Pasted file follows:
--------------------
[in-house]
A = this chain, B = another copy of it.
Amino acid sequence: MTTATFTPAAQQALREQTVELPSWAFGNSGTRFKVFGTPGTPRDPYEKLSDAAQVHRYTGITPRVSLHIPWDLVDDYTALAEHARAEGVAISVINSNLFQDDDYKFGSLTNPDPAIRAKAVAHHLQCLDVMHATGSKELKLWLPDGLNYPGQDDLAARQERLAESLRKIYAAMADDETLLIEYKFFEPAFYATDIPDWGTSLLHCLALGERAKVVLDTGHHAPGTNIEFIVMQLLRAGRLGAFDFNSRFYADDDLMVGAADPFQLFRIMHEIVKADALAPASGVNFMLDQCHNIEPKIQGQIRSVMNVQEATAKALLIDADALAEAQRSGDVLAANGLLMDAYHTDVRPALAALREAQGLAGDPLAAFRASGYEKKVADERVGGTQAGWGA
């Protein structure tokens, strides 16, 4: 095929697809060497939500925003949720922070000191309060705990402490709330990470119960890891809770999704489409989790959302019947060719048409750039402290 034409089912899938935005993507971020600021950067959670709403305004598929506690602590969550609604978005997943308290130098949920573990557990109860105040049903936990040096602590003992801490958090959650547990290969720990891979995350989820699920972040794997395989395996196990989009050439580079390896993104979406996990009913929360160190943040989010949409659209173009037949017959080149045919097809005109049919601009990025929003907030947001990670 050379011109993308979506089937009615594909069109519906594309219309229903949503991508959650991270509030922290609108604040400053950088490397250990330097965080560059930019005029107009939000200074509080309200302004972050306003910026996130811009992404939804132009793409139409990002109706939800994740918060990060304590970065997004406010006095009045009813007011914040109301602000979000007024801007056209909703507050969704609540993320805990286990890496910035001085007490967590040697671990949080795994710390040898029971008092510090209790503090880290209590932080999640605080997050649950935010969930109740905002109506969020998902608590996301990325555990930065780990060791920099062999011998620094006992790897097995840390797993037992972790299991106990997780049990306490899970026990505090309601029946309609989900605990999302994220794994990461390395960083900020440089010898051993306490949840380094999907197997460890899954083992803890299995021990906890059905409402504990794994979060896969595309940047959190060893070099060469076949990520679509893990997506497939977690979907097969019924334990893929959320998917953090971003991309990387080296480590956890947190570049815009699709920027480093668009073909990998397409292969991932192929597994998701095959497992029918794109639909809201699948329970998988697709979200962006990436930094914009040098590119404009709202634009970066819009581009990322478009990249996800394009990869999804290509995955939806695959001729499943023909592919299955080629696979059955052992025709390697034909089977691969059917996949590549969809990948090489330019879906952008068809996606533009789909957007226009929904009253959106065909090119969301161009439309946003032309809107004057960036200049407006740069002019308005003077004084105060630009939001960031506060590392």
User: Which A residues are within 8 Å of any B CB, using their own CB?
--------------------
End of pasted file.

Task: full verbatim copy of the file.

[in-house]
A = this chain, B = another copy of it.
Amino acid sequence: MTTATFTPAAQQALREQTVELPSWAFGNSGTRFKVFGTPGTPRDPYEKLSDAAQVHRYTGITPRVSLHIPWDLVDDYTALAEHARAEGVAISVINSNLFQDDDYKFGSLTNPDPAIRAKAVAHHLQCLDVMHATGSKELKLWLPDGLNYPGQDDLAARQERLAESLRKIYAAMADDETLLIEYKFFEPAFYATDIPDWGTSLLHCLALGERAKVVLDTGHHAPGTNIEFIVMQLLRAGRLGAFDFNSRFYADDDLMVGAADPFQLFRIMHEIVKADALAPASGVNFMLDQCHNIEPKIQGQIRSVMNVQEATAKALLIDADALAEAQRSGDVLAANGLLMDAYHTDVRPALAALREAQGLAGDPLAAFRASGYEKKVADERVGGTQAGWGA
């Protein structure tokens, strides 16, 4: 095929697809060497939500925003949720922070000191309060705990402490709330990470119960890891809770999704489409989790959302019947060719048409750039402290 034409089912899938935005993507971020600021950067959670709403305004598929506690602590969550609604978005997943308290130098949920573990557990109860105040049903936990040096602590003992801490958090959650547990290969720990891979995350989820699920972040794997395989395996196990989009050439580079390896993104979406996990009913929360160190943040989010949409659209173009037949017959080149045919097809005109049919601009990025929003907030947001990670 050379011109993308979506089937009615594909069109519906594309219309229903949503991508959650991270509030922290609108604040400053950088490397250990330097965080560059930019005029107009939000200074509080309200302004972050306003910026996130811009992404939804132009793409139409990002109706939800994740918060990060304590970065997004406010006095009045009813007011914040109301602000979000007024801007056209909703507050969704609540993320805990286990890496910035001085007490967590040697671990949080795994710390040898029971008092510090209790503090880290209590932080999640605080997050649950935010969930109740905002109506969020998902608590996301990325555990930065780990060791920099062999011998620094006992790897097995840390797993037992972790299991106990997780049990306490899970026990505090309601029946309609989900605990999302994220794994990461390395960083900020440089010898051993306490949840380094999907197997460890899954083992803890299995021990906890059905409402504990794994979060896969595309940047959190060893070099060469076949990520679509893990997506497939977690979907097969019924334990893929959320998917953090971003991309990387080296480590956890947190570049815009699709920027480093668009073909990998397409292969991932192929597994998701095959497992029918794109639909809201699948329970998988697709979200962006990436930094914009040098590119404009709202634009970066819009581009990322478009990249996800394009990869999804290509995955939806695959001729499943023909592919299955080629696979059955052992025709390697034909089977691969059917996949590549969809990948090489330019879906952008068809996606533009789909957007226009929904009253959106065909090119969301161009439309946003032309809107004057960036200049407006740069002019308005003077004084105060630009939001960031506060590392």
User: Which A residues are within 8 Å of any B CB, using their own CB?